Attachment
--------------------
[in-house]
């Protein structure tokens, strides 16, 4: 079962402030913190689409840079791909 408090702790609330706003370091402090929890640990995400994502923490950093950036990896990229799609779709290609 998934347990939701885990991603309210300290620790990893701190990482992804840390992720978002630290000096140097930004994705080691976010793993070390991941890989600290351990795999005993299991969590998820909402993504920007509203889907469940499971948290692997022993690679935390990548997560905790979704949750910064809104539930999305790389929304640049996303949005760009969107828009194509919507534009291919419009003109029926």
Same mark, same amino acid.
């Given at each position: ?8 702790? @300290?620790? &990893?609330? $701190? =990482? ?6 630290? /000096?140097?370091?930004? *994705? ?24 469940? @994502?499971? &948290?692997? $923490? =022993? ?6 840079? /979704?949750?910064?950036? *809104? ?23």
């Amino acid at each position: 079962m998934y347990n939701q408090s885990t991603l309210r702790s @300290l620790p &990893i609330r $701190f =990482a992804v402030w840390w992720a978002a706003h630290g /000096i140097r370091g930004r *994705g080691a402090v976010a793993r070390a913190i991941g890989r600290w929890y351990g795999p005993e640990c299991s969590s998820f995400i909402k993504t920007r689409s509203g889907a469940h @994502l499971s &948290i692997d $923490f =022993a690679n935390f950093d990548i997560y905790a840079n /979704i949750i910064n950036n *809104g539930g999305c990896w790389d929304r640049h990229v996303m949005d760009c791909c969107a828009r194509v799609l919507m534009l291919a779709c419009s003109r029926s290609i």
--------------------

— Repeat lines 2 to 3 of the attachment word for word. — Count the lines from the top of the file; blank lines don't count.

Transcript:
């Protein structure tokens, strides 16, 4: 079962402030913190689409840079791909 408090702790609330706003370091402090929890640990995400994502923490950093950036990896990229799609779709290609 998934347990939701885990991603309210300290620790990893701190990482992804840390992720978002630290000096140097930004994705080691976010793993070390991941890989600290351990795999005993299991969590998820909402993504920007509203889907469940499971948290692997022993690679935390990548997560905790979704949750910064809104539930999305790389929304640049996303949005760009969107828009194509919507534009291919419009003109029926």
Same mark, same amino acid.